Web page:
Subsequent seasons[edit]

Ebers now sublet the theatre for two years to Giovanni Battista Benelli, who had been assistant stage manager. In January 1824 the season opened with Rossini's Zelmira with Isabella Colbran in the principal part, the composer himself being advertised to be present. He had undertaken to write an opera, Ugo, re d'Italia, but it was never finished. Pasta made her appearance on 24 April, and the season lasted, in spite of enormous losses, until 14 August, shortly after which Benelli decamped, leaving Rossini and the artists unpaid. The matter came before the courts, with Ebers appealing to the Lord Chancellor to put him again into the management of the theatre. The particulars of the actions may be read in the ‘Quarterly Musical Magazine,’ vi. 516–521. It was generally considered that the engagement of Rossini was unwise; but the patronage bestowed by the fashionable world had been so great that Ebers felt justified in announcing a new season, returning again to the directorship of Ayrton. The fact that the leases of the ‘property-boxes’ were to fall in at the end of 1825 gave a prospect of success. His prospectus is more or less apologetic, but he had secured the services of a fairly good company, and in the course of the season Pasta was prevailed on to accept a portion of the salary due to her from the previous year in lieu of the whole amount, and to return to London.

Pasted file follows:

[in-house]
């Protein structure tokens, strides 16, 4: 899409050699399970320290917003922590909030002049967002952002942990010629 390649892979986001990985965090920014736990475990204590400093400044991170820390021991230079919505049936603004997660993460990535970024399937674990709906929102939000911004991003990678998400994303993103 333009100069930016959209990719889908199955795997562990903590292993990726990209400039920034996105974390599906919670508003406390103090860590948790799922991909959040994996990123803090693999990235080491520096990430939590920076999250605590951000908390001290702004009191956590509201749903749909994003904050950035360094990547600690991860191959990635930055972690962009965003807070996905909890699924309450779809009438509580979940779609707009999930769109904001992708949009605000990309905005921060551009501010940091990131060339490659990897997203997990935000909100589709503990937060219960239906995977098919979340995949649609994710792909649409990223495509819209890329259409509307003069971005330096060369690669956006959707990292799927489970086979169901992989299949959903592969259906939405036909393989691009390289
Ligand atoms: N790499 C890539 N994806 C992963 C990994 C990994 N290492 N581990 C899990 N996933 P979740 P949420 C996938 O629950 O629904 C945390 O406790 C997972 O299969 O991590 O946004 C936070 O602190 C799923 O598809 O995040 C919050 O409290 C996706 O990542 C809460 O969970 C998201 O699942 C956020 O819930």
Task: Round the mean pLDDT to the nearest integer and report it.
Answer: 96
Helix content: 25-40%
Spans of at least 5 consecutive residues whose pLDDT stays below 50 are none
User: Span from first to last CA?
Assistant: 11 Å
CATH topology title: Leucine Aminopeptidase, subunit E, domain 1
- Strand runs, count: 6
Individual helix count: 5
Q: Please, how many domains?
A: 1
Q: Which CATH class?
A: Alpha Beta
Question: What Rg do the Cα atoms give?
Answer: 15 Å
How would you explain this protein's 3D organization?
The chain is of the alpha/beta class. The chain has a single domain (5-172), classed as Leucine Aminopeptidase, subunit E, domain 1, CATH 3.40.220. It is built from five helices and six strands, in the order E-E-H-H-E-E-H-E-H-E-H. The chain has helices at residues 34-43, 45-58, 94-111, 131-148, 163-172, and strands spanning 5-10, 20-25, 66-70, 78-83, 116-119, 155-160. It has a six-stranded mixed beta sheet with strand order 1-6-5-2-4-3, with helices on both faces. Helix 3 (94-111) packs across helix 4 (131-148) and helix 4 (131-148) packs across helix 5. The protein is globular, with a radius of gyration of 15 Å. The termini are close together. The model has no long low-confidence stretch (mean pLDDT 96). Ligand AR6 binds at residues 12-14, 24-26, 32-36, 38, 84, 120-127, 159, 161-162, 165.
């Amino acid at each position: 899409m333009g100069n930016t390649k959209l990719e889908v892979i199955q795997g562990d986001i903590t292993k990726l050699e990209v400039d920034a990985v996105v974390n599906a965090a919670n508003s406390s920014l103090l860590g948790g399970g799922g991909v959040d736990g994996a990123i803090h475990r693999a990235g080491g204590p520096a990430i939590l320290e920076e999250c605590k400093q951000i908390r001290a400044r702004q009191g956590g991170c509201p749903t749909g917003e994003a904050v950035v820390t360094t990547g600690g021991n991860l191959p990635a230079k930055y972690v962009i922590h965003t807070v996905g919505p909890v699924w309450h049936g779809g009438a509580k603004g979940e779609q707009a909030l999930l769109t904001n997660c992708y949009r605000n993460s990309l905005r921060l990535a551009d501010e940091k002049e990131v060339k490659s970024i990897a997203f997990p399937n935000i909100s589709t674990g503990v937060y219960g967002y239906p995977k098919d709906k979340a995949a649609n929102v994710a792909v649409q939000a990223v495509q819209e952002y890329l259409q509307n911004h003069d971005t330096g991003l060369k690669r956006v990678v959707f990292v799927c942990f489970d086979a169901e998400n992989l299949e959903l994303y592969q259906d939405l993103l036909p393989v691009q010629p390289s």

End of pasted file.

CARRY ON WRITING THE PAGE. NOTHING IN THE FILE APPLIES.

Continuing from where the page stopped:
The board of works declaring the King's Theatre to be unsafe, the Haymarket Theatre was taken for a time, from the beginning of March until the middle of April. Rossini's Semiramide was brought out on 20 June, and Giacomo Meyerbeer's Il crociato in Egitto on 23 July, for the first appearance of Giovanni Velluti, the castrato, who was one of the great attractions of the year. At the end of the season Ayrton again retired, possibly on account of a difficulty which the management had had with Manuel García, the correspondence relating to which is published in the ‘Quarterly Musical Magazine,’ vii. 188–91. In November, Velluti was appointed director, and the new season was announced to begin on the last day of the old year. It began on 7 January 1826, when great dissatisfaction was caused by the substitution of many inexperienced orchestral performers for those who had played for many seasons. Francesco Morlacchi's Tebaldo ed Isolina was produced without success on 25 February. In May Pasta appeared, and drew large audiences. Velluti's voice began to give out at the end of the season, and Ebers's choice of Rossini's Aureliano in Palmira for his benefit, 22 June, did not add to his popularity. He got into trouble concerning the pay to the chorus on this occasion, and the matter was decided against him in the sheriff's court. On 12 August the season came to an abrupt end, several performances being still due. In the next season Carlo Coccia, the conductor, resigned his post, and after considerable difficulty his place was taken by Nicolas-Charles Bochsa, who had undertaken two seasons of oratorios at the King's Theatre without any success, was now appointed director, and on 2 December the house opened with Gasparo Spontini's La vestale. Pacini's La schiava in Bagdad and Coccia's Maria Stuarda were produced, and on 7 August the theatre again closed prematurely. At the end of the year Ebers, being unable to pay the enormous rent demanded of him by the assignees of Chambers, became a bankrupt.